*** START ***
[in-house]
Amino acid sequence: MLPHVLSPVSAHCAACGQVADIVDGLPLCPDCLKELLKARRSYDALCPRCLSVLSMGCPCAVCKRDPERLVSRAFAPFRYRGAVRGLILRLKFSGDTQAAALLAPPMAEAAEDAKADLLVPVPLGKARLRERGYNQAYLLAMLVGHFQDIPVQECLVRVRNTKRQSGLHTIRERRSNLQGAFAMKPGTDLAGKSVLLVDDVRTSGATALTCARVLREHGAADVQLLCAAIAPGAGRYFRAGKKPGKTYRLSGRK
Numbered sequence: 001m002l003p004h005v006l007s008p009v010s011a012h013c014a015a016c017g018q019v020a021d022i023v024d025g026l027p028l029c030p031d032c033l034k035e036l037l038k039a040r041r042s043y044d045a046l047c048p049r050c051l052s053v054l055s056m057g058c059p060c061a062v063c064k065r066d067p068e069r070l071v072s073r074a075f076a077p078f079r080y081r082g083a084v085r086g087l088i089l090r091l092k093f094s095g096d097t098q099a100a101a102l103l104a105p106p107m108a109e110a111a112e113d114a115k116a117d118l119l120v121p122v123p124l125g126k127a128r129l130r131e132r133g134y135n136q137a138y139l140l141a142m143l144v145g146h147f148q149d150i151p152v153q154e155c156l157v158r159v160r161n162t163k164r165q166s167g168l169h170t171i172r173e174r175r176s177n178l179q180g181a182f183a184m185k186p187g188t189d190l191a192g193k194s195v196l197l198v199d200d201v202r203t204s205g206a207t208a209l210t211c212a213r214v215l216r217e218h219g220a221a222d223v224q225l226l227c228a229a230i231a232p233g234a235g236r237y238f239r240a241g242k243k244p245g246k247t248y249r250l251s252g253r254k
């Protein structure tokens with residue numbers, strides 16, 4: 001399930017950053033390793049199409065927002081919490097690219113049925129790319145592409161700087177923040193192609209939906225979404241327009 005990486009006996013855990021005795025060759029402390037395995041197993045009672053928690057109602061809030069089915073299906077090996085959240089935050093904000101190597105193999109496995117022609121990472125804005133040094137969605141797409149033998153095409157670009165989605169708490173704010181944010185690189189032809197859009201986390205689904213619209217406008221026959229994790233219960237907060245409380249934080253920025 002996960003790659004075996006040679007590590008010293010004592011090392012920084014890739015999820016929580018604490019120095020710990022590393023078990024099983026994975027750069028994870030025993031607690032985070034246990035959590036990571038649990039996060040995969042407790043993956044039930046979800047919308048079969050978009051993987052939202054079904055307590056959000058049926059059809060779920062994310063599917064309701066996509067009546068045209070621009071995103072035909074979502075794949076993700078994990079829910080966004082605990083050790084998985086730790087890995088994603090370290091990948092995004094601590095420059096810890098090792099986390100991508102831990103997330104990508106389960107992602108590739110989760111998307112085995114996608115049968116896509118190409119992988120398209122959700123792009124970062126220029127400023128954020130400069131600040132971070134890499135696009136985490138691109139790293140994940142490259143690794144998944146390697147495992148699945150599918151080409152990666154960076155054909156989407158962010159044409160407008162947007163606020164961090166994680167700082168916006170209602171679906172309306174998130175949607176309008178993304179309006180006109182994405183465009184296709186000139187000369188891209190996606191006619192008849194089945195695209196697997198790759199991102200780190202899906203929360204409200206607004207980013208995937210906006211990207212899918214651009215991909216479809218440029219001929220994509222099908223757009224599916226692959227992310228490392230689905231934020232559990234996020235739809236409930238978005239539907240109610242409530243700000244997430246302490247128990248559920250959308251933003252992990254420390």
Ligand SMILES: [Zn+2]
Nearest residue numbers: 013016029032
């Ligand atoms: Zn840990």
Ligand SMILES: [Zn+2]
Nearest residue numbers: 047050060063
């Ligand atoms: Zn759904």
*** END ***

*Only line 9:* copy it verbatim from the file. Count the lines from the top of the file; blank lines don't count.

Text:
Nearest residue numbers: 047050060063